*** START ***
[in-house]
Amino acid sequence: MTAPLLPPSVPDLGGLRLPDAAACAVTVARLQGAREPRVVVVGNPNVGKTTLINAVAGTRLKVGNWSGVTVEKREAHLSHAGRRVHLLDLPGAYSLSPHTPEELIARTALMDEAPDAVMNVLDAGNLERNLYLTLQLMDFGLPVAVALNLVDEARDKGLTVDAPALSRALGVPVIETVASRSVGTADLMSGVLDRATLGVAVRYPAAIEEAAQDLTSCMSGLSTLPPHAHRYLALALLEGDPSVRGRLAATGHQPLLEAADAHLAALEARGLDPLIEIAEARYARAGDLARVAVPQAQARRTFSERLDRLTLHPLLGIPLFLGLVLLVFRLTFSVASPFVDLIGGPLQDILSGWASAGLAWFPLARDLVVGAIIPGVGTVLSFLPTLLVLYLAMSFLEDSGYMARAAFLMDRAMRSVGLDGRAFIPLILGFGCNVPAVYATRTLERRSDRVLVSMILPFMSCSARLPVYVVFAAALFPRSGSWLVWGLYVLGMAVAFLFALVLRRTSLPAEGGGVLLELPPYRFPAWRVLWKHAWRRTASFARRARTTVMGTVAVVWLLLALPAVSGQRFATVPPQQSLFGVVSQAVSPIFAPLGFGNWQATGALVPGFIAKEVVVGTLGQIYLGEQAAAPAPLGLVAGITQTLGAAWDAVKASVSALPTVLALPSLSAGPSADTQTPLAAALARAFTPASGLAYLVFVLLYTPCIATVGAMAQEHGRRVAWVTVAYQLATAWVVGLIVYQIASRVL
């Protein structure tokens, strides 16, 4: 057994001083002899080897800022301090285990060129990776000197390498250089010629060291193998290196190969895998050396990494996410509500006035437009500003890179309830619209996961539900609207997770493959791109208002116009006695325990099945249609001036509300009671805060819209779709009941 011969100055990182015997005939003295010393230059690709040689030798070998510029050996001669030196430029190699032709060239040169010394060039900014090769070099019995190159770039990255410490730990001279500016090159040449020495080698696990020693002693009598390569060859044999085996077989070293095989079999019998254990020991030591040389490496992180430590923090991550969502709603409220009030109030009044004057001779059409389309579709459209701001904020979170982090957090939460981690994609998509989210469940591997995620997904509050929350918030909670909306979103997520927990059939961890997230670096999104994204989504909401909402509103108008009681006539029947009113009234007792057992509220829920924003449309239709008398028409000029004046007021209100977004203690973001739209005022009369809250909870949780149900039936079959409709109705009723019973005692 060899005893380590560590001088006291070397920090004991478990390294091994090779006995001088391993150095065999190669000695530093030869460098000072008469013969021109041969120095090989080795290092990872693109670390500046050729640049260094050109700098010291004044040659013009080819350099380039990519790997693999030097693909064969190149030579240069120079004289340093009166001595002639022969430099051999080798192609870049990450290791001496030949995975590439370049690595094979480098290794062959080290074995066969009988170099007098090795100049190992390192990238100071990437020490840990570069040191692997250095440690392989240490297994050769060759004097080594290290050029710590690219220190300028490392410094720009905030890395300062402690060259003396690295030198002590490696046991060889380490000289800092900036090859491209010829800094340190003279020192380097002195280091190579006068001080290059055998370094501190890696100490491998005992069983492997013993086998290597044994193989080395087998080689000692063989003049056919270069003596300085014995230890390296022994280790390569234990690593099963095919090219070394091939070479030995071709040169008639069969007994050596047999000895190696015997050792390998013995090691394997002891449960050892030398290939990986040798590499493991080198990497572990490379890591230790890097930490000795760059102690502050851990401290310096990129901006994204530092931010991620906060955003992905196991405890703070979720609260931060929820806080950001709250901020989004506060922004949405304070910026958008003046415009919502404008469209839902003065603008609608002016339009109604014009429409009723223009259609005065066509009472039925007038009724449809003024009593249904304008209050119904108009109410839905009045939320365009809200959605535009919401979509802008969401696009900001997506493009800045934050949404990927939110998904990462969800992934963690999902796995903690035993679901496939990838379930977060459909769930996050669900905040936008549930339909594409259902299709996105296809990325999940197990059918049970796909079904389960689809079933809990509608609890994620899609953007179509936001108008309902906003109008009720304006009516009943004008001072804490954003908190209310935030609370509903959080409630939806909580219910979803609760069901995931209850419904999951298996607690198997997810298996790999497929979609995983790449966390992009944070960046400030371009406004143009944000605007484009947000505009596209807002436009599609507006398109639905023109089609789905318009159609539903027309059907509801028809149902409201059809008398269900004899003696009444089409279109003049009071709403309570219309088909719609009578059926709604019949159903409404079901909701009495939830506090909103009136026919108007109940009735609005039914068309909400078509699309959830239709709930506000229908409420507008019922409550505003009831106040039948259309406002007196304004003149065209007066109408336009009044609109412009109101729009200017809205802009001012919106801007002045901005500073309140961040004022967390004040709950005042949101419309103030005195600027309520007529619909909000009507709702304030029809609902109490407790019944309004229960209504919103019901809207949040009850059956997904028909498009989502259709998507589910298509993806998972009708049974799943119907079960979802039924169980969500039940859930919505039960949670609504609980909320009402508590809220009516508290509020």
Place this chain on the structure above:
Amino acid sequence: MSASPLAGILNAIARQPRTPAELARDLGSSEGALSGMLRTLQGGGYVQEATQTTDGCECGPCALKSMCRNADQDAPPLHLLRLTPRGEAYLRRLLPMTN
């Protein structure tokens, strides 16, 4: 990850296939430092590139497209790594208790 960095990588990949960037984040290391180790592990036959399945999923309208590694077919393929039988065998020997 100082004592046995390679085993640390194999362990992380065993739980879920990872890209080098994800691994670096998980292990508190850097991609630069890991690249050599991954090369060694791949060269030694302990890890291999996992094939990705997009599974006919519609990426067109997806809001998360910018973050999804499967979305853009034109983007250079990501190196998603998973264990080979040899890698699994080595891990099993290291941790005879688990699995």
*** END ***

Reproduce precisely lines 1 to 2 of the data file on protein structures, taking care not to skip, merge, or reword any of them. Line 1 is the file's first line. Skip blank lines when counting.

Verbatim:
[in-house]
Amino acid sequence: MTAPLLPPSVPDLGGLRLPDAAACAVTVARLQGAREPRVVVVGNPNVGKTTLINAVAGTRLKVGNWSGVTVEKREAHLSHAGRRVHLLDLPGAYSLSPHTPEELIARTALMDEAPDAVMNVLDAGNLERNLYLTLQLMDFGLPVAVALNLVDEARDKGLTVDAPALSRALGVPVIETVASRSVGTADLMSGVLDRATLGVAVRYPAAIEEAAQDLTSCMSGLSTLPPHAHRYLALALLEGDPSVRGRLAATGHQPLLEAADAHLAALEARGLDPLIEIAEARYARAGDLARVAVPQAQARRTFSERLDRLTLHPLLGIPLFLGLVLLVFRLTFSVASPFVDLIGGPLQDILSGWASAGLAWFPLARDLVVGAIIPGVGTVLSFLPTLLVLYLAMSFLEDSGYMARAAFLMDRAMRSVGLDGRAFIPLILGFGCNVPAVYATRTLERRSDRVLVSMILPFMSCSARLPVYVVFAAALFPRSGSWLVWGLYVLGMAVAFLFALVLRRTSLPAEGGGVLLELPPYRFPAWRVLWKHAWRRTASFARRARTTVMGTVAVVWLLLALPAVSGQRFATVPPQQSLFGVVSQAVSPIFAPLGFGNWQATGALVPGFIAKEVVVGTLGQIYLGEQAAAPAPLGLVAGITQTLGAAWDAVKASVSALPTVLALPSLSAGPSADTQTPLAAALARAFTPASGLAYLVFVLLYTPCIATVGAMAQEHGRRVAWVTVAYQLATAWVVGLIVYQIASRVL